The ACT Brumbies and Vikings group have launched separate bids to be part of the new domestic National Rugby Championships in an ambitious expression of interest that could base two teams in Canberra.
Officials are also investigating where the capital's team will play home matches, with options including Canberra Raiders heartland at Seiffert Oval, a new venue at Gungahlin or Viking Park.
Canberra is all but guaranteed inclusion in the eight- to 10-team competition and the Brumbies and Vikings group have both sent expressions of interest to the Australian Rugby Union.
More than 35 candidates are keen to play in the inaugural season, including an audacious bid from AFL powerhouse Collingwood to have a team play under its banner.
It's likely only one team will get approval to be based in Canberra when the competition starts in August.
The Vikings' sent in a proposal to join the competition as part of an affiliation with the Brumbies.
The Brumbies' proposal was independent, but the Super Rugby club could join forces with the Vikings for a combined Canberra team.
''If you don't put in an expression of interest, you won't get the tender document,'' Brumbies general manager Simon Chester said.
''You can do it as a stand-alone applicant or part of a syndicate … Tuggeranong's preference is to go in a partnership with us; the Brumbies fit in both categories and we haven't looked at all the ins and outs yet.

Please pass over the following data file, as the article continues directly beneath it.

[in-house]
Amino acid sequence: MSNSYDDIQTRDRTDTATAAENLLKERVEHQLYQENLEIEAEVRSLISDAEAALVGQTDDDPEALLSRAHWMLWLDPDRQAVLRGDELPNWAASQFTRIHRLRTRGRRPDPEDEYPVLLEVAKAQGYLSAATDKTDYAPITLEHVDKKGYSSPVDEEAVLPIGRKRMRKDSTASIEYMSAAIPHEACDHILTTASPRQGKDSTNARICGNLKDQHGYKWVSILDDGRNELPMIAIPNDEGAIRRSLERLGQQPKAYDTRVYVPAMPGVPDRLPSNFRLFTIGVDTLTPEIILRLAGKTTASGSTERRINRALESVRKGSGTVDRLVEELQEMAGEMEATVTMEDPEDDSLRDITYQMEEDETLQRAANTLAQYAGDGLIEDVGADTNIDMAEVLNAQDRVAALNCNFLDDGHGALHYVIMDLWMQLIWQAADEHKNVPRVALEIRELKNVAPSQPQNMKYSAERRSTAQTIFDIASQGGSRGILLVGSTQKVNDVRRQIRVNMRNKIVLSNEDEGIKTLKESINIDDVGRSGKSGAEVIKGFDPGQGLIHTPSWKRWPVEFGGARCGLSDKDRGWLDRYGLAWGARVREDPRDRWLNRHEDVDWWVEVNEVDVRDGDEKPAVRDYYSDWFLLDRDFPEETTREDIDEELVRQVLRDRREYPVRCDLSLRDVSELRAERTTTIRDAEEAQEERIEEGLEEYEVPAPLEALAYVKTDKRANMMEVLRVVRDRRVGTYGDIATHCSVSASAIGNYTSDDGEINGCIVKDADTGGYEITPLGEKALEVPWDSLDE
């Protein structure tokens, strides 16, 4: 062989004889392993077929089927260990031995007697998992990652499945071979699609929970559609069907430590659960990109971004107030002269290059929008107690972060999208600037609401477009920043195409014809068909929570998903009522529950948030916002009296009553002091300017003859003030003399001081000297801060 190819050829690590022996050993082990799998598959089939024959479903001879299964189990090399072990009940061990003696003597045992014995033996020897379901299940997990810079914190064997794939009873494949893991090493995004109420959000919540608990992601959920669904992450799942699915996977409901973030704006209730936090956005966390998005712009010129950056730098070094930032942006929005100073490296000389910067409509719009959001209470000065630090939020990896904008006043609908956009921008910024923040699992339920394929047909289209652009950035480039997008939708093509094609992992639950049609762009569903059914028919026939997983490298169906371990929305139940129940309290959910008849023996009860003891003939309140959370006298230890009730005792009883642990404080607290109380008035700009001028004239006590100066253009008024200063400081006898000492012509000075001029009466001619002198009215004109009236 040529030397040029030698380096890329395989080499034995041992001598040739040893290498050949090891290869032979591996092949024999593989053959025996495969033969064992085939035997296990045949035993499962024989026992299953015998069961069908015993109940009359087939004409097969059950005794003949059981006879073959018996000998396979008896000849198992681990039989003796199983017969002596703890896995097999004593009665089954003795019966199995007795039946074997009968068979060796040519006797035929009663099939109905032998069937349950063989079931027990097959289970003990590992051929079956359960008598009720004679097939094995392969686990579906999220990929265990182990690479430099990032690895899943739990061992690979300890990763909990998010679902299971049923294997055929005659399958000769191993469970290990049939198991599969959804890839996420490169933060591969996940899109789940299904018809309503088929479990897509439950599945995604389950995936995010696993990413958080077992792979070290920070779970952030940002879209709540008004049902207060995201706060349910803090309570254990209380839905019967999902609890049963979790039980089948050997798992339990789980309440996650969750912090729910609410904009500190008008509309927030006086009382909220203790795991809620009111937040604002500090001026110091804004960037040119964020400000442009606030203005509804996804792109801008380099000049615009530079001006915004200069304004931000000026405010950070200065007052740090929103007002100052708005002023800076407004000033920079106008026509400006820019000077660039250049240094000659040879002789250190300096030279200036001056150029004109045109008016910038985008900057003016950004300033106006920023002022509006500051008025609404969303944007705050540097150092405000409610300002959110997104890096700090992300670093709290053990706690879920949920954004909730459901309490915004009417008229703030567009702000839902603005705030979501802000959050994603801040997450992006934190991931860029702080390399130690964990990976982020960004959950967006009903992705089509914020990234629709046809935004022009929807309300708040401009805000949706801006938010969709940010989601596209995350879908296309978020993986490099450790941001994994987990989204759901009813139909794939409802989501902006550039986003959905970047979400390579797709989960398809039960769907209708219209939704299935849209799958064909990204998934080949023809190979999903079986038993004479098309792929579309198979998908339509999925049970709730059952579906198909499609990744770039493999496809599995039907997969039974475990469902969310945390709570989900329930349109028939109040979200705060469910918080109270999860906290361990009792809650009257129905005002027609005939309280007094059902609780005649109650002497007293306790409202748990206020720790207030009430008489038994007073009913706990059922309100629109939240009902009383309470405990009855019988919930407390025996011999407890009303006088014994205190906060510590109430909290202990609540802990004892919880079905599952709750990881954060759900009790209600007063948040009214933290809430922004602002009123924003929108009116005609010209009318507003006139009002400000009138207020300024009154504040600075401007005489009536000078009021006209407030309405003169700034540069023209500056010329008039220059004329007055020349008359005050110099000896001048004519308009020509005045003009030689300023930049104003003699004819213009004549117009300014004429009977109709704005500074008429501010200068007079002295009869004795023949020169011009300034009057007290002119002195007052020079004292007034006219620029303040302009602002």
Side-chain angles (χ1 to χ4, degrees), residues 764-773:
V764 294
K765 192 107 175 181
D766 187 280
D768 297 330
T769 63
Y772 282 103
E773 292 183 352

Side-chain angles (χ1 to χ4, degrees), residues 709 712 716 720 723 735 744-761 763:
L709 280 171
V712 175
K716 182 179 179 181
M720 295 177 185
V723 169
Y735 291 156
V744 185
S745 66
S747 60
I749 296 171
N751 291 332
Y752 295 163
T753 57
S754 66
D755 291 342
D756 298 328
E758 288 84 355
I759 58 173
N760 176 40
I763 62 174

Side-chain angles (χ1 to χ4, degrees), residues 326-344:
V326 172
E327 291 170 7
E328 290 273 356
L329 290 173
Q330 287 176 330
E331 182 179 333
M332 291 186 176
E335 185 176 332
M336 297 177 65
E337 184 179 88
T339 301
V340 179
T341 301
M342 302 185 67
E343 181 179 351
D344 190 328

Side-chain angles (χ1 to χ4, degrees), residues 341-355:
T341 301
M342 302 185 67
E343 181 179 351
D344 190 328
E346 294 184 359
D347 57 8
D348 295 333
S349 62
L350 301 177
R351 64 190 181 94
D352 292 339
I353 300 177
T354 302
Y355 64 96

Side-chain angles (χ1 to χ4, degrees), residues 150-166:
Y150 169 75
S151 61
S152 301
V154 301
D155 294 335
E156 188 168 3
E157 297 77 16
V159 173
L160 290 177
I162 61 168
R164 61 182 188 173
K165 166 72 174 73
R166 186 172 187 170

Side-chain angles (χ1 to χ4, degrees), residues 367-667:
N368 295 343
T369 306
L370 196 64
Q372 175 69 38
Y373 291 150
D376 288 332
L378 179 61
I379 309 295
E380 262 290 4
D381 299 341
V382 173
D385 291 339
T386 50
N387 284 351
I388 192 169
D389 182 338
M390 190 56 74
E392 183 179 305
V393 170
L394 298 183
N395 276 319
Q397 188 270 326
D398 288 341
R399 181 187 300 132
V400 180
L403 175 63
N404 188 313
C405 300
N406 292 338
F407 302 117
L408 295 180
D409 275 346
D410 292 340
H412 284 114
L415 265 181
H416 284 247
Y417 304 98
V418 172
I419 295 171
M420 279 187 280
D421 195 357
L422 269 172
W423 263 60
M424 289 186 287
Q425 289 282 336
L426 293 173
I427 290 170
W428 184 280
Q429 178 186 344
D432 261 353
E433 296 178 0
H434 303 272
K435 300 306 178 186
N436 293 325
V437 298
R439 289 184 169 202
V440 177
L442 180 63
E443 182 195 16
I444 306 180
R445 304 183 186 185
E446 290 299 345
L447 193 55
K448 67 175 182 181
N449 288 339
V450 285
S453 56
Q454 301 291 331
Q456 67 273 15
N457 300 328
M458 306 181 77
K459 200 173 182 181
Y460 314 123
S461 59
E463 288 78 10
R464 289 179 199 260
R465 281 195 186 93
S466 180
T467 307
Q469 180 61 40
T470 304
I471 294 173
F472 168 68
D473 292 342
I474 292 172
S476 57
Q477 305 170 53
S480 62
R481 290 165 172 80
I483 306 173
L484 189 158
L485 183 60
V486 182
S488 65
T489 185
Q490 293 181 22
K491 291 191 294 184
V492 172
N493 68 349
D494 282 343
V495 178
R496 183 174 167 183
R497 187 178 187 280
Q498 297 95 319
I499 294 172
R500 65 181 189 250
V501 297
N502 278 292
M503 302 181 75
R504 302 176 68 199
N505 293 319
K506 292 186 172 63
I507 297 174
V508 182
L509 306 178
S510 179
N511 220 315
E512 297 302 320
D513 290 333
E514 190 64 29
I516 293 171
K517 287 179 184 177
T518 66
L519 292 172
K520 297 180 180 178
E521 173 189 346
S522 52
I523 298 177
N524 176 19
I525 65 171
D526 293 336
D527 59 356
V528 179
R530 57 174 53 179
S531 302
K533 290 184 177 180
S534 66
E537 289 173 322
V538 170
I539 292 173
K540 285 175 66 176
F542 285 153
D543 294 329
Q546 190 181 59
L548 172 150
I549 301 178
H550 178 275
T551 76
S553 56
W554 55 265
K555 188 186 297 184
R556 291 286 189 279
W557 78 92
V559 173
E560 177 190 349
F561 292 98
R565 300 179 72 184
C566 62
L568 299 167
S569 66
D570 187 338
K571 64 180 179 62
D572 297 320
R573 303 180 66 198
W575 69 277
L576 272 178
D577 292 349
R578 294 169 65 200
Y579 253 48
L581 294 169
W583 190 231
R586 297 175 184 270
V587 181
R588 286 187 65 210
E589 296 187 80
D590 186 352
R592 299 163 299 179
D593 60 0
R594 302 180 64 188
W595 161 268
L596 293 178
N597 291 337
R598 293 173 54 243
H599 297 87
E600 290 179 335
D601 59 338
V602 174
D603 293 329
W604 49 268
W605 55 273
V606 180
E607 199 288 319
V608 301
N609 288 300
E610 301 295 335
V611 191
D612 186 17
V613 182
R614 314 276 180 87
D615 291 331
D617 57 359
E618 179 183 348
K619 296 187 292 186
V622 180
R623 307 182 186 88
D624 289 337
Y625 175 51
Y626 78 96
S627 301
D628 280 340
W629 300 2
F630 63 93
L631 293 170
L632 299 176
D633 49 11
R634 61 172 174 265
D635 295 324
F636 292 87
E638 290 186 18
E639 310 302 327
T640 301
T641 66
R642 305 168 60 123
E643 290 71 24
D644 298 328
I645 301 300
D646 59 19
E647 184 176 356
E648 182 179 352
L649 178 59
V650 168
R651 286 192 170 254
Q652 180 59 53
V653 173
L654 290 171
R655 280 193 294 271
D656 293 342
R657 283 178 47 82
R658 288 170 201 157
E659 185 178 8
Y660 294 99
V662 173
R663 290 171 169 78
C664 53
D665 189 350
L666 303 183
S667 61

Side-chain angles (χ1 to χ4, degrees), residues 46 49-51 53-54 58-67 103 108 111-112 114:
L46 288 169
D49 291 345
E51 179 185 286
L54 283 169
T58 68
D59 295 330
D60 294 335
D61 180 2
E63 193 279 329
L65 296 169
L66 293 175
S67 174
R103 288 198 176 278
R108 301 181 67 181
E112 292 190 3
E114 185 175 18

''It's more likely we'll be part of a partnership,'' he said. ''Traditionally we've worked with the Vikings. We're investigating whether that happens again and look at what works best.''
The NRC is the ARU's new project to bridge the gap between Super Rugby and club rugby.
It follows the failed Australian Rugby Championship, which lost $5 million and was scrapped after its first season in 2007.
The Canberra Vikings have played in the ARC and the Shute Shield previously and their 45,000-strong membership base is an attractive prospect.
Expressions of interest to be included in the championships close on January 13.
Potential teams will then go through a tender process and have to prove they are financially viable to run a team, which could cost up to $500,000.
Two teams in Canberra would give the capital's best rugby players a double chance to impress and play in the competition.
Brumbies and Super Rugby players from around Australia will play in the competition unless they're on international duties with the Wallabies.
One of the biggest hurdles for a Canberra team is where it will be based for up to four home games.
Canberra Stadium will be the venue for any games televised on Fox Sports, but it is too expensive to hire for all matches.
Brumbies officials have floated the prospect of playing at the birthplace of the Raiders, Seiffert Oval, Viking Park in Wanniassa or the new multipurpose field at Gungahlin.
Manuka Oval will be unavailable during the August-October season because of preparations to play cricket.
''It's great for Canberra and it extends the rugby year … it's just a matter of getting all the facts together,'' Chester said.
''We've got six to eight weeks to investigate all the options of where the team plays and what the set up looks like.
''I don't know which way it's going to go, but this competition is going to put club rugby players in the spotlight.''